Bush Has Not Proven Privatization Case to Public, Brownstein Writes
A "revolution in private-sector benefits" -- in which employers are replacing programs that give defined benefits to workers and retirees with programs that provide defined contributions -- indicates the steady erosion of "cradle-to-grave promises [of] ... health care security that American business offered during its post-World War II zenith," Los Angeles Times columnist Ronald Brownstein writes in an opinion piece. According to Brownstein, President Bush's health care goals, including a proposal to give tax credits to individuals who enroll in health savings accounts, present "philosophical choices." Brownstein notes that HSAs offer more choice and ownership while "compel[ling] individuals to bear more financial risk."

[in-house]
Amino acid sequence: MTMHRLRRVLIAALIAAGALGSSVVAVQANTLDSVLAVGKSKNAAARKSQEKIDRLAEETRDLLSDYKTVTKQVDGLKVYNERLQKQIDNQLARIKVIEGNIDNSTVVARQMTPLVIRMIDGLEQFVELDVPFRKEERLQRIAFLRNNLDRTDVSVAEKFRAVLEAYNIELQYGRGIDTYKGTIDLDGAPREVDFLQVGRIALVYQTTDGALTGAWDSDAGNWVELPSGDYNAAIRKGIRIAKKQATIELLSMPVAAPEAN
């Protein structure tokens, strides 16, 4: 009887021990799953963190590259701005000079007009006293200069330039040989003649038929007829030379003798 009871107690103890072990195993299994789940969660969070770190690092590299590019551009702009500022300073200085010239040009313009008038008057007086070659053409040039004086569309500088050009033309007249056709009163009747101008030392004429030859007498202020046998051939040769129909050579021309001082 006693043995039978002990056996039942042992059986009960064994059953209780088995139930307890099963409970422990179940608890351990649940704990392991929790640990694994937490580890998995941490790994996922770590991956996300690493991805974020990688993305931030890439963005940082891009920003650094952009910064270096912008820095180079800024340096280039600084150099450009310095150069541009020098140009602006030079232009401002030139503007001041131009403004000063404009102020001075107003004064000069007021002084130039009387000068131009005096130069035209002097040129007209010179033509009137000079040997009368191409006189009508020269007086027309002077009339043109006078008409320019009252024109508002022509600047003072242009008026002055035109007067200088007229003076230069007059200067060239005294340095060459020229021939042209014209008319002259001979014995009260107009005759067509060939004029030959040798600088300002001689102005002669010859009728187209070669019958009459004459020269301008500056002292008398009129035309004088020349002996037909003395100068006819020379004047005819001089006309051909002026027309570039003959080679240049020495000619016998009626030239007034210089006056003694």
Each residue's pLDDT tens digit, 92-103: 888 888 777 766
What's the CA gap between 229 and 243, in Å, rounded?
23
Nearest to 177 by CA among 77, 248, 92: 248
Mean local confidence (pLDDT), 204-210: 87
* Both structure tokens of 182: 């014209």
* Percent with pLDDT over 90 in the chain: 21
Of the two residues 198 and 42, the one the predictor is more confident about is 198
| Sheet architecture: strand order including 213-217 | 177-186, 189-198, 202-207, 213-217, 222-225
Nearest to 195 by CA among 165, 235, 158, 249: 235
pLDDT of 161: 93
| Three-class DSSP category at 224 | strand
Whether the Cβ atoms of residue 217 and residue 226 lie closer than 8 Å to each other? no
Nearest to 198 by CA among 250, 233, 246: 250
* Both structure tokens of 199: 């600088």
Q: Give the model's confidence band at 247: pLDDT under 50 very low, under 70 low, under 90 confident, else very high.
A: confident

However, public resistance to Bush's plan to incorporate private accounts in Social Security "suggests that for now, the loss of guaranteed benefits in the workplace has made Americans prize such guarantees from government even more," according to Brownstein. He concludes, "Bush is right that rising costs eventually will force government to scale back its health care and retirement promises. But ... he hasn't yet convinced the country that such a re-examination will require Washington to limit its own financial risk, as employers have already done, by transferring risk to workers and their families" (Brownstein, Los Angeles Times, 5/9).